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Crowded box office proving difficult to predict in 2017

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Crowded box office proving difficult to predict in 2017

Five more films will merge onto a crowded box office freeway during the weekend of Jan. 20, in the wake of bumper-to-bumper film traffic over the long Martin Luther King Jr. holiday weekend.

Like a bunch of practical mid-sized sedans, none of the new wide releases stands to break out in a big way. The same was the case in the prior weekend, when "Hidden Figures" cut off the competition with $27.5 million in box office receipts during its sophomore weekend. The best-performing new film during the holiday weekend was "The Bye Bye Man," which collected just $15.2 million. In fact, it seemed to be difficult for forecasters to assess the volume of new competition, pegging "The Bye Bye Man" as a $10 million title before its release. Those same prognosticators expected a strong $20 million-range result from Mark Wahlberg's "Patriots Day," but that film ended up pulling to the shoulder with a meager $13.8 million.

The new slate of films will likely not be much easier to predict, as they all are expected to generate middling results in a crowded field that includes blockbuster "Rogue One: A Star Wars Story" and breakout darling "Hidden Figures." However, forecasters are projecting two new releases to come out on top, if only modestly so.

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"Split" follows a kidnapper with 24 separate personalities and his victims.
Source: Universal Pictures

At the top of most expectations is "Split," an M. Night Shyamalan thriller about a kidnapper with multiple personalities, but extreme action title "xXx: Return of Xander Cage" will likely give "Split" a run for its money. BoxOffice.com sets a high bar with a $25.5 million forecast for "Split," while undercutting "xXx" with an $18 million expectation. Deadline Hollywood narrows that gap with expectations for "Split" in the low- to mid-$20 million range and for "xXx" in the high-teens to low $20 millions. Meanwhile, Variety does away with the gap altogether, putting both films at about $20 million for the weekend.

"Split" is firmly in the lead among critics. Rotten Tomatoes gave the Shyamalan film a 78% "fresh" rating where "xXx" was running at a 60% rating as of 4 p.m. ET Jan. 19.

A list of titles similar to "Split" compiled by S&P Global Market Intelligence includes claustrophobic thrillers like "Misery," "Captivity" and "Trapped" as well as horror titles "Saw" and "The Visit." Those averaged out to a 23.4% profit margin on average total revenue of $121.9 million and average production costs of $13.5 million. The comparisons could bode well for "Split" on its modest sub-$10 million budget, according to Variety, and its solid prerelease tracking.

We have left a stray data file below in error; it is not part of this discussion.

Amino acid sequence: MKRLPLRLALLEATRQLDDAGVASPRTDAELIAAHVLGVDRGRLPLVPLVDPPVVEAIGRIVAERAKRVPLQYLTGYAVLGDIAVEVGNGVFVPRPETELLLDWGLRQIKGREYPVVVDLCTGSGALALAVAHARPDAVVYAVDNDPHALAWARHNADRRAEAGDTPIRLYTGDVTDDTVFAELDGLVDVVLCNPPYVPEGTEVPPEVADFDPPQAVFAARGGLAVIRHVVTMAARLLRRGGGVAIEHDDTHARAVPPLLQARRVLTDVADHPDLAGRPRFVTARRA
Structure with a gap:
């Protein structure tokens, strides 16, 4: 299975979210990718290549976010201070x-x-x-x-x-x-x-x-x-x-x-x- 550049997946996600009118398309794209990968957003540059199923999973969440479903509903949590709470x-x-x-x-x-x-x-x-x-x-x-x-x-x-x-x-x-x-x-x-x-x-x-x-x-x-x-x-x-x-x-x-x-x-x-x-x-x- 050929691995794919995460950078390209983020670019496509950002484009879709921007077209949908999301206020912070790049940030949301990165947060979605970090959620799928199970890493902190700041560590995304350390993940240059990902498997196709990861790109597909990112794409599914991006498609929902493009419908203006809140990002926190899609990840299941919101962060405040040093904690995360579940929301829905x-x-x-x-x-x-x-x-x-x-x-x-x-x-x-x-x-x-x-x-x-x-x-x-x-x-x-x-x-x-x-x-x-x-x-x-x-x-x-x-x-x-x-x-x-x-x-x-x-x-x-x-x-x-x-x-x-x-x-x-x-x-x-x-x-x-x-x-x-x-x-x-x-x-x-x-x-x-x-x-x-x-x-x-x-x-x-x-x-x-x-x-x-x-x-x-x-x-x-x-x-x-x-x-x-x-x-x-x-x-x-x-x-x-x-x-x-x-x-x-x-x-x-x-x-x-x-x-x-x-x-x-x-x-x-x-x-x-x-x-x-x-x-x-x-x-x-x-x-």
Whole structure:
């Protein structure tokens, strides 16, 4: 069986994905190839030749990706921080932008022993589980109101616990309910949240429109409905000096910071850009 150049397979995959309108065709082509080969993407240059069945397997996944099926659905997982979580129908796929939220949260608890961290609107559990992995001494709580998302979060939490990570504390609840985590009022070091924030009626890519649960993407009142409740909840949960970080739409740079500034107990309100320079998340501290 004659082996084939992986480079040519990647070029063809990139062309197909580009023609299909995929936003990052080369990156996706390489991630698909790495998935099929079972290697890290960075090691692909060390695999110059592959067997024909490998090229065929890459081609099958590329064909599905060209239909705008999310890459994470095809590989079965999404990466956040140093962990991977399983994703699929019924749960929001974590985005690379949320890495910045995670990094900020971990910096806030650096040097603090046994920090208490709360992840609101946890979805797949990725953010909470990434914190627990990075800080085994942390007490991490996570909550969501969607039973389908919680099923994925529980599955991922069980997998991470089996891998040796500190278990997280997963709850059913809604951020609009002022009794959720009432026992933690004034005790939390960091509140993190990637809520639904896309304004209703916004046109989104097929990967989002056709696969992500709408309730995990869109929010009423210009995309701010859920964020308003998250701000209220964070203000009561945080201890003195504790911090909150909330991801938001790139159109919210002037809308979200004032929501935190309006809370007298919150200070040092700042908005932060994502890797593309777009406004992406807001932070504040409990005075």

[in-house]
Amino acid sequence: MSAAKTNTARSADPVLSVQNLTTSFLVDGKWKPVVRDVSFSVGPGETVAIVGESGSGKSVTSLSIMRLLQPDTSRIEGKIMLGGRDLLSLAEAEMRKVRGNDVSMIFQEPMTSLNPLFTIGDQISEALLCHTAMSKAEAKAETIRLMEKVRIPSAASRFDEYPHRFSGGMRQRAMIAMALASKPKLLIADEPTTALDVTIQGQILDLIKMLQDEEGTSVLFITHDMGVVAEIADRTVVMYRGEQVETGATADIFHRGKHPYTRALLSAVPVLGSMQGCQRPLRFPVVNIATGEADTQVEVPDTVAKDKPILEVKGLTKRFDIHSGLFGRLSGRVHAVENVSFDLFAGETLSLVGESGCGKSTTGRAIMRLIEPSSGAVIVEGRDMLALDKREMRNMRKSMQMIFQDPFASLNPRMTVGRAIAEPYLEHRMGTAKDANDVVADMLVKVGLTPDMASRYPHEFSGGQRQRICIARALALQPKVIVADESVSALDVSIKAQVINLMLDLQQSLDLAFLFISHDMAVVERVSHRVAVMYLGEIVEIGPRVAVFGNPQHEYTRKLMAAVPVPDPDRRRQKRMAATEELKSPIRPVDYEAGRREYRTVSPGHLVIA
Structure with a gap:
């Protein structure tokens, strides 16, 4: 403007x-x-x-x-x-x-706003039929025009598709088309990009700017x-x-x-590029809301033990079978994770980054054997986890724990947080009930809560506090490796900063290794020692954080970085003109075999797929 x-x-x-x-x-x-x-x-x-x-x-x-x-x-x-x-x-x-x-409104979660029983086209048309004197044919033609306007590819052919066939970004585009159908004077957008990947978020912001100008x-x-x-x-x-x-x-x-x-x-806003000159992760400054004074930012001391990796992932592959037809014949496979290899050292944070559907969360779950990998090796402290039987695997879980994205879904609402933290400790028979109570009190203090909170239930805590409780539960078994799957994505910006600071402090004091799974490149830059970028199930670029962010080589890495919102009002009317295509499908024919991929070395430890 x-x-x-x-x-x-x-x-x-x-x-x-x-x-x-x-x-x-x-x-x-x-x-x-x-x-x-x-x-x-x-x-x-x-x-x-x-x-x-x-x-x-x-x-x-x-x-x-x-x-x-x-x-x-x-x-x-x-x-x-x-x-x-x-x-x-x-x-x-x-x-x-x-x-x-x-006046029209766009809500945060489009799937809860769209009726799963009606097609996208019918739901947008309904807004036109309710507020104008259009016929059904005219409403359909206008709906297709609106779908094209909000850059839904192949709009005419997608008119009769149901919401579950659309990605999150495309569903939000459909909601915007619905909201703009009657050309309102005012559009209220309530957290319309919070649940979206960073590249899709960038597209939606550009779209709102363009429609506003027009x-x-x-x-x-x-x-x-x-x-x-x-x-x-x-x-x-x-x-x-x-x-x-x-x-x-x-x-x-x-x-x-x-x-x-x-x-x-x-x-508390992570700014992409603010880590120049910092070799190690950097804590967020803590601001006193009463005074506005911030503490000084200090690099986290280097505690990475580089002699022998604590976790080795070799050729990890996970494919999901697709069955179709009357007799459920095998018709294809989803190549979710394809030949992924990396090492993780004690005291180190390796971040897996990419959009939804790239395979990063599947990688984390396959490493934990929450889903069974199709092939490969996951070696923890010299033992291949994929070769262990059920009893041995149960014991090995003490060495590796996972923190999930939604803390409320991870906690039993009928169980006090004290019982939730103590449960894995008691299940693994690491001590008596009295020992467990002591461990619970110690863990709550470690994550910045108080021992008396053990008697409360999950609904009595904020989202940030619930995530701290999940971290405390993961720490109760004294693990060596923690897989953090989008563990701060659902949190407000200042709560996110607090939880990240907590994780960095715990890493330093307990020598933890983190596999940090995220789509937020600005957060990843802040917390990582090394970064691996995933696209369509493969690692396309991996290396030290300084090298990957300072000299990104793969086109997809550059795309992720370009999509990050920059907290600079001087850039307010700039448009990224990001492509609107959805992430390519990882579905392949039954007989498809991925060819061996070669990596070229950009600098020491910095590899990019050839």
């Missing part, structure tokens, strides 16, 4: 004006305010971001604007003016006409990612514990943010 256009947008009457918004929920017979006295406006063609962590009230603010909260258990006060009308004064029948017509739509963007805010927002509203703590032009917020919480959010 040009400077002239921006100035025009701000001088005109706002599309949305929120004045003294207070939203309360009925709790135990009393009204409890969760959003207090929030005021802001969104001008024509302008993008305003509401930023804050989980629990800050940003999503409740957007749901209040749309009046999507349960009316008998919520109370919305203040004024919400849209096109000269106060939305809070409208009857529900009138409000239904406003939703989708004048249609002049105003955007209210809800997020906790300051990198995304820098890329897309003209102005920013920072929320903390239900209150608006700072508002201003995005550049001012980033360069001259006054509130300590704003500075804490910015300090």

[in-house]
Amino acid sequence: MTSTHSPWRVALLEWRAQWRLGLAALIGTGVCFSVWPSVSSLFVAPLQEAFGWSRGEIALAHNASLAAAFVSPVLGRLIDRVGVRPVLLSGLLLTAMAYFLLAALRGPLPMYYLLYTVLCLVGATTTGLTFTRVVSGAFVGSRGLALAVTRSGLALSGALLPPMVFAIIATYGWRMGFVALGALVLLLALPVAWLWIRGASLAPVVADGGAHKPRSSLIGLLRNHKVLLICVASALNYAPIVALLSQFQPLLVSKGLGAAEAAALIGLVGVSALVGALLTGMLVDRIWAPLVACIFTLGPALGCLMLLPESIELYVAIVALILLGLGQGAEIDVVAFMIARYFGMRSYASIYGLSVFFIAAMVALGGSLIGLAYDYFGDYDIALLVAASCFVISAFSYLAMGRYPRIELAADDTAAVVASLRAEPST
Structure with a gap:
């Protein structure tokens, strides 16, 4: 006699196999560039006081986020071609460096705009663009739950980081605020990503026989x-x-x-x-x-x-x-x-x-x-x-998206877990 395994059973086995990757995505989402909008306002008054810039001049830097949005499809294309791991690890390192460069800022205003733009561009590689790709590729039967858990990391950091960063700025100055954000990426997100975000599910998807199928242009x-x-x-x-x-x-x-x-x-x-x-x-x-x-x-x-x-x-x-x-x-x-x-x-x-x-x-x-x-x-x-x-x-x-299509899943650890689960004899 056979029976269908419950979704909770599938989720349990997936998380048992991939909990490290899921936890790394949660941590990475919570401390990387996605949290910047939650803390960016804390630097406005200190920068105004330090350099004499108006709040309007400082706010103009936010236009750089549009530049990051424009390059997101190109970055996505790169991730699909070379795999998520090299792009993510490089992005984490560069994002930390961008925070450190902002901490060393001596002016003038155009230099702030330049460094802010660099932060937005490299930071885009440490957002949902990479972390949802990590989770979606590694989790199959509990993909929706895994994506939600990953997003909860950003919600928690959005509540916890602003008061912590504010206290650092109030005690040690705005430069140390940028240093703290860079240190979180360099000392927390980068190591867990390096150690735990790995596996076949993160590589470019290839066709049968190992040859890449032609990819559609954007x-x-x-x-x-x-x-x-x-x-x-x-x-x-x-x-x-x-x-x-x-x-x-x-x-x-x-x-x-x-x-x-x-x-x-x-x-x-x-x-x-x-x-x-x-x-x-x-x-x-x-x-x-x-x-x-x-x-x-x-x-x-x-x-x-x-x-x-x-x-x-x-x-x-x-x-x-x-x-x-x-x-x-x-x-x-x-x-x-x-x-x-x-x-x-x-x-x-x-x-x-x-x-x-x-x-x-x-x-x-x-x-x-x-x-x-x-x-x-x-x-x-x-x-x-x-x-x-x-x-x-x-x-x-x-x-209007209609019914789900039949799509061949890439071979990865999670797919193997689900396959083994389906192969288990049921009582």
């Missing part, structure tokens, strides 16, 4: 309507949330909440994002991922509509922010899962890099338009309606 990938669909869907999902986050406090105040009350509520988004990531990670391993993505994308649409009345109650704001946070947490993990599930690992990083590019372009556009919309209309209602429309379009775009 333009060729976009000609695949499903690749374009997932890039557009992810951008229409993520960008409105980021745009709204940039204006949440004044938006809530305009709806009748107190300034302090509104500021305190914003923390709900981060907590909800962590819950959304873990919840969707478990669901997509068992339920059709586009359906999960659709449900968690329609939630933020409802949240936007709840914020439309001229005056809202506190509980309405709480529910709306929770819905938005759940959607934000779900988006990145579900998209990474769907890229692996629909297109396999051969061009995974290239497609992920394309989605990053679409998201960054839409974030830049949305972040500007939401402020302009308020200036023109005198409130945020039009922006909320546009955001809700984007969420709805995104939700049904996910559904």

The new "xXx" comparisons are similarly bullish, if a bit more tenuous. The title comes with a much heftier production budget of $85 million, just shy of the original "xXx," which collected almost a half billion dollars in total revenue. However, the first "xXx" opened to $44.5 million, about twice what forecasters are projecting for the newest installment in the franchise. It will look to avoid the fate of "Riddick," which opened to $19 million on a relatively modest $38.3 million budget but went on to lose $18.4 million, penciling out to a 12.3% profit loss.

"Split," "xXx" and popular legacy titles will likely drown out the other new release competition, to The Weinstein Co.'s chagrin. That studio will release "The Founder," wherein Michael Keaton plays the founder of fast-food behemoth McDonald's. Behind "Split" and "xXx," BoxOffice.com expects "Hidden Figures," "La La Land," "Sing," "Rogue One" and several other holdovers to collect more than "The Founder," which it pegs at a $3.5 million opening. The film was originally slated to open in the second half of 2016. "Gotta think that August of last year was probably the better play for this film, which would have given it some time and space to breathe and the ability for its audience to actually find it," Deadline writes, putting the title at a $2 million to $3 million forecast. Variety tosses out an "under $5 million" estimate.

Looking at comparisons, award-winning biopics like "The Blind Side" and "The Rookie" showed solid results, along with Keaton's critically acclaimed effort "Birdman." "The Founder" is also running well with critics at an 83% "fresh" rating on Rotten Tomatoes. However, audiences just aren't showing much interest, and "The Founder" looks at risk of falling flat.

Two other lesser-known films will go wide (or wider) over the weekend. "The Resurrection of Gavin Stone" and "20th Century Women" do not show up on BoxOffice.com's chart. In a footnote, the site indicates that at a $900,000 forecast, "The Resurrection of Gavin Stone" does not qualify for its 10-title list. Variety touches on faith-based comedy "Gavin Stone" briefly, noting that its studio is hoping to open at $3 million. The Hollywood Reporter pegs it at $1 million.

"20th Century Women" will expand to more than 600 locations from about 20 on Jan. 20. From the studio that delivered cult hits "The Witch" and "Ex Machina," "20th Century Women" is a critical favorite at a 91% "Certified Fresh" rating on Rotten Tomatoes, though it will look to make more headlines to draw audiences and hit profitability.

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